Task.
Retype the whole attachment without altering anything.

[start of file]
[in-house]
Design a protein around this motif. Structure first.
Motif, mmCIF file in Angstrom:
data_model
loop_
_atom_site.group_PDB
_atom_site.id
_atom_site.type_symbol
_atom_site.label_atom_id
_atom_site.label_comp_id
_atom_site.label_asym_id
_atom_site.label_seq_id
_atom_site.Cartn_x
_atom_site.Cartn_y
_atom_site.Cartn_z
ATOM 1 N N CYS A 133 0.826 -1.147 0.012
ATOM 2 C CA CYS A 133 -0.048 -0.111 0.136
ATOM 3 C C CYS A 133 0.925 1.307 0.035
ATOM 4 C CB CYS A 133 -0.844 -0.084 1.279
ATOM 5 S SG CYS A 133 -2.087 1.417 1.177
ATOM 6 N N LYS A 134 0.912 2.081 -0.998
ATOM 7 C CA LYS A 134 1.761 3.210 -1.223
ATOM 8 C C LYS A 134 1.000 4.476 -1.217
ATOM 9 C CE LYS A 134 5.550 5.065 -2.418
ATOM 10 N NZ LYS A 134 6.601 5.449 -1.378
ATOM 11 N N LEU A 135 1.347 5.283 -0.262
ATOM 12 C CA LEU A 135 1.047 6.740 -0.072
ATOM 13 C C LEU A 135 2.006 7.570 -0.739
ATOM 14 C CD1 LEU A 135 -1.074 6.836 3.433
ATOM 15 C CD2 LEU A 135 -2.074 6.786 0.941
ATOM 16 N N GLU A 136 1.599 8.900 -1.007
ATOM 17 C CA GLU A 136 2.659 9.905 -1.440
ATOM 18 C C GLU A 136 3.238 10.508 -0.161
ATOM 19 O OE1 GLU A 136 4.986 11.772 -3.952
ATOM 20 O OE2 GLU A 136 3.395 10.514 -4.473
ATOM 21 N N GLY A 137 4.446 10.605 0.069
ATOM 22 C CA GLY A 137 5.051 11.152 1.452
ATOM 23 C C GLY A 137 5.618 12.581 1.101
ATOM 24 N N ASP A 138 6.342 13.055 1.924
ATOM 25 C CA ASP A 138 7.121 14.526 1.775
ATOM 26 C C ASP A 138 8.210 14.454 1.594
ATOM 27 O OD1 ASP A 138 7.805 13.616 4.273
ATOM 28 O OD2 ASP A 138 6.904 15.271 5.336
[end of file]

[in-house]
Design a protein around this motif. Structure first.
Motif, mmCIF file in Angstrom:
data_model
loop_
_atom_site.group_PDB
_atom_site.id
_atom_site.type_symbol
_atom_site.label_atom_id
_atom_site.label_comp_id
_atom_site.label_asym_id
_atom_site.label_seq_id
_atom_site.Cartn_x
_atom_site.Cartn_y
_atom_site.Cartn_z
ATOM 1 N N CYS A 133 0.826 -1.147 0.012
ATOM 2 C CA CYS A 133 -0.048 -0.111 0.136
ATOM 3 C C CYS A 133 0.925 1.307 0.035
ATOM 4 C CB CYS A 133 -0.844 -0.084 1.279
ATOM 5 S SG CYS A 133 -2.087 1.417 1.177
ATOM 6 N N LYS A 134 0.912 2.081 -0.998
ATOM 7 C CA LYS A 134 1.761 3.210 -1.223
ATOM 8 C C LYS A 134 1.000 4.476 -1.217
ATOM 9 C CE LYS A 134 5.550 5.065 -2.418
ATOM 10 N NZ LYS A 134 6.601 5.449 -1.378
ATOM 11 N N LEU A 135 1.347 5.283 -0.262
ATOM 12 C CA LEU A 135 1.047 6.740 -0.072
ATOM 13 C C LEU A 135 2.006 7.570 -0.739
ATOM 14 C CD1 LEU A 135 -1.074 6.836 3.433
ATOM 15 C CD2 LEU A 135 -2.074 6.786 0.941
ATOM 16 N N GLU A 136 1.599 8.900 -1.007
ATOM 17 C CA GLU A 136 2.659 9.905 -1.440
ATOM 18 C C GLU A 136 3.238 10.508 -0.161
ATOM 19 O OE1 GLU A 136 4.986 11.772 -3.952
ATOM 20 O OE2 GLU A 136 3.395 10.514 -4.473
ATOM 21 N N GLY A 137 4.446 10.605 0.069
ATOM 22 C CA GLY A 137 5.051 11.152 1.452
ATOM 23 C C GLY A 137 5.618 12.581 1.101
ATOM 24 N N ASP A 138 6.342 13.055 1.924
ATOM 25 C CA ASP A 138 7.121 14.526 1.775
ATOM 26 C C ASP A 138 8.210 14.454 1.594
ATOM 27 O OD1 ASP A 138 7.805 13.616 4.273
ATOM 28 O OD2 ASP A 138 6.904 15.271 5.336